Back in the 1920s, Republicans won presidential elections with whopping 60% majorities. Calvin Coolidge presided over an economy growing at nearly 5% annually. A nation tied to business success was working. The Depression changed everything.
With the New Deal, Franklin Roosevelt reset the economic philosophy of the United States, and the nation validated it by giving him nearly 61% of the popular vote in 1936. Then World War II changed everything.
Historians may argue whether war demand rather than Roosevelt's economic policies rescued a depressed U.S. economy. What is undeniable is that from 1930 to nearly 1950, the American electorate experienced massive blows to its sense of personal and economic security. It is hardly a surprise that in the postwar years, the system of unprecedentedly broad federal economic presence and protection, created by Democrats, lived on, no matter the size of Gen. Eisenhower's large electoral majorities for the GOP.
It would now take a force much stronger than the normal process of American politics to change the nation's political economics. Despite periodic displays of strength by both parties (the two-term presidencies of Reagan and Clinton) our politics has invariably reverted to a steady-state stand-off. Since and including 1960, the popular vote in presidential elections has split nearly 50-50 in 1968, 1976, 1980 and 2000. It remains so today.
The belief that September 11 changed everything is false. The support accumulated by Mr. Bush in the immediate aftermath, realized with historic GOP gains in the 2002 elections, has receded. Self-identified partisanship informs most issues again, surely stoked by Iraq.
Alas, this doesn't alter the reality that the economic trains of China, India and Brazil have left the station. John Kerry's comments on Social Security Wednesday evening ("I will not privatize it") and his federally led health-care proposal makes clear that he expects the electorate to put off responding to this irreversible global reality for another four years. George Bush wants the big decision made in three weeks.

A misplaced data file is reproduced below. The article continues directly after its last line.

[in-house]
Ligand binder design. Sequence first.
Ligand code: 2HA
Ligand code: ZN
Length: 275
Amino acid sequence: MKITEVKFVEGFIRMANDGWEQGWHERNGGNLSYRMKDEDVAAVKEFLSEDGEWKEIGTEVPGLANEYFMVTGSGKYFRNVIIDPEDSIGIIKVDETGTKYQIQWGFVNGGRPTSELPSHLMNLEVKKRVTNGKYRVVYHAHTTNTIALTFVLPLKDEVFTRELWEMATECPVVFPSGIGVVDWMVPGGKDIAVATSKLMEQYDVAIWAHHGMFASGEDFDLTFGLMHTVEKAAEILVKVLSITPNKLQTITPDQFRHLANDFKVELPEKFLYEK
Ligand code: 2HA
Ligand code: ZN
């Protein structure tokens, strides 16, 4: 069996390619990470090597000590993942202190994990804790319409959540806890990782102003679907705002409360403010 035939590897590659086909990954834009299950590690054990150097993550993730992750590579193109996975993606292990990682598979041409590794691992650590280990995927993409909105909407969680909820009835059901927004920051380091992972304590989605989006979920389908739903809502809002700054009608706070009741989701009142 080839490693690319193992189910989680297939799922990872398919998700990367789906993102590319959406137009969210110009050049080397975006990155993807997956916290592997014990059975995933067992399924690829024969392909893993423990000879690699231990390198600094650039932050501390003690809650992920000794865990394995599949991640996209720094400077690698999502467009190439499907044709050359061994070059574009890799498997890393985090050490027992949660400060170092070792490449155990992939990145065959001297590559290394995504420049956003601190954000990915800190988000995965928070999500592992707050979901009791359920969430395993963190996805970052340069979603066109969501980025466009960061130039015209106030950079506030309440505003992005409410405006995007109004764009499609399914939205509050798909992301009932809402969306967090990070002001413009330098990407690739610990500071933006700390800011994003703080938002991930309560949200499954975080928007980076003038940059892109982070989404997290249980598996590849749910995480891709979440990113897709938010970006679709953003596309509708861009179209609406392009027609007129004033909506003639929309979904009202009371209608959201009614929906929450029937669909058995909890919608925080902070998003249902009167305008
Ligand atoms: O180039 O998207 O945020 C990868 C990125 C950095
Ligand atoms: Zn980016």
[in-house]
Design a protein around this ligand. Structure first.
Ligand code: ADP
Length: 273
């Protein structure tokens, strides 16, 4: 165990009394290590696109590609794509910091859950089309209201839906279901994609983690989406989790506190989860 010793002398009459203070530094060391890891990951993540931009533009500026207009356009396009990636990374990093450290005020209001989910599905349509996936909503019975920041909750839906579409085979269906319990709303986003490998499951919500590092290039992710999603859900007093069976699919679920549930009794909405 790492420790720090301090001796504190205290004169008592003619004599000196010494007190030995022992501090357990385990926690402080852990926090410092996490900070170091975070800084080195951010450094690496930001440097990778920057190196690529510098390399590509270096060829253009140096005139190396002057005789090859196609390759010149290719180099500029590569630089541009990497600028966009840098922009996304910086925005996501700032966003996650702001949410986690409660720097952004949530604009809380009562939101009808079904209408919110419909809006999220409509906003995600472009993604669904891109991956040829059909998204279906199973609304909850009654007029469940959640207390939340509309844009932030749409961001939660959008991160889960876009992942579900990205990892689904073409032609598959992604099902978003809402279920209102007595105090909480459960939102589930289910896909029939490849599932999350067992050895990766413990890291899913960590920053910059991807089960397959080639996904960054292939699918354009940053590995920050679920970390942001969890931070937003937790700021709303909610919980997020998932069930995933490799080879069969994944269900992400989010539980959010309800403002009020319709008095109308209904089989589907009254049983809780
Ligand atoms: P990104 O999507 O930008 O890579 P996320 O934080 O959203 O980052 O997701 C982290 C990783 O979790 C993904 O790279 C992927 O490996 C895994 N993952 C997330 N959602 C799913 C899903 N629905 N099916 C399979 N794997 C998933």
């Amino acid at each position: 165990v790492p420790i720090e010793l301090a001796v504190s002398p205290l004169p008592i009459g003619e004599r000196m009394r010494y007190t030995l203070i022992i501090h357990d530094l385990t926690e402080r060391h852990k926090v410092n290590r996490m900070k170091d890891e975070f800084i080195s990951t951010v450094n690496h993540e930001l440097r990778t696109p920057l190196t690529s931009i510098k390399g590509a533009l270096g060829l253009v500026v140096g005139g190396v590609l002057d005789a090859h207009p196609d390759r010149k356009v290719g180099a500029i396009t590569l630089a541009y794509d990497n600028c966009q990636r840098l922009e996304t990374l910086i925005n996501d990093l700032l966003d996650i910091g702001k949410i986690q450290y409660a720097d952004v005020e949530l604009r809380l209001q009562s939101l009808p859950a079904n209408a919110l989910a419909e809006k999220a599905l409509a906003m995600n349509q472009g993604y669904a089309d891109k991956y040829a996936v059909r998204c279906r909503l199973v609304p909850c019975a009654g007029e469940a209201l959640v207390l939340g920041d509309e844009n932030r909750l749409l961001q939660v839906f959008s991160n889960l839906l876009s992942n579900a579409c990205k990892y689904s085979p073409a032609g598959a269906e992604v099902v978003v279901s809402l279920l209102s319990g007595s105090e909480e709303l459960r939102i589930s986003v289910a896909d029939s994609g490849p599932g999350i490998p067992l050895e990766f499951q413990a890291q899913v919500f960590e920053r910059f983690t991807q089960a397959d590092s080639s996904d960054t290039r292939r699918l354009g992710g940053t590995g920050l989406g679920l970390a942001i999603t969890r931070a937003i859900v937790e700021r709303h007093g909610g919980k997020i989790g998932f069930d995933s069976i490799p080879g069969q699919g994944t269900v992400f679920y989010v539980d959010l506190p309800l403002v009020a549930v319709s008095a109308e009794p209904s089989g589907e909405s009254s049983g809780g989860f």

The Ownership Society is the appropriate, 21st century replacement to the New Deal. It's about making it possible for the economy to turn on a dime, not once a decade. The bad news is that George Bush didn't bother to bring up the idea until a few weeks ago, in his convention speech.
Neither Mr. Bush, two anonymous Treasury secretaries nor anyone else in this administration has spent significant public time the past four years preparing American voters to make a change that I'm certain most of them know has to come. All those lunch-bucket Democrats carting DVD recorders out of Wal-Mart know those prices weren't delivered by the tooth fairy, or by a factory on the other side of town.
Bill Clinton understood these realities, as shown in his trade policies. But Bill Clinton never really changed his party; he never prepared the party to transition out of its New Deal mindset. With John Kerry, the Democratic policy stone has rolled a long way downhill.
Too bad. Amid war, terror and global economic upheaval, this election is a tough and too-sudden call for many voters. My guess is that the American electorate knows full well that the world is changing, and that come November 2, will decide the moment is now to change with it.
Mr. Henninger is deputy editor of The Wall Street Journal's editorial page. His column appears Fridays in the Journal and on OpinionJournal.com.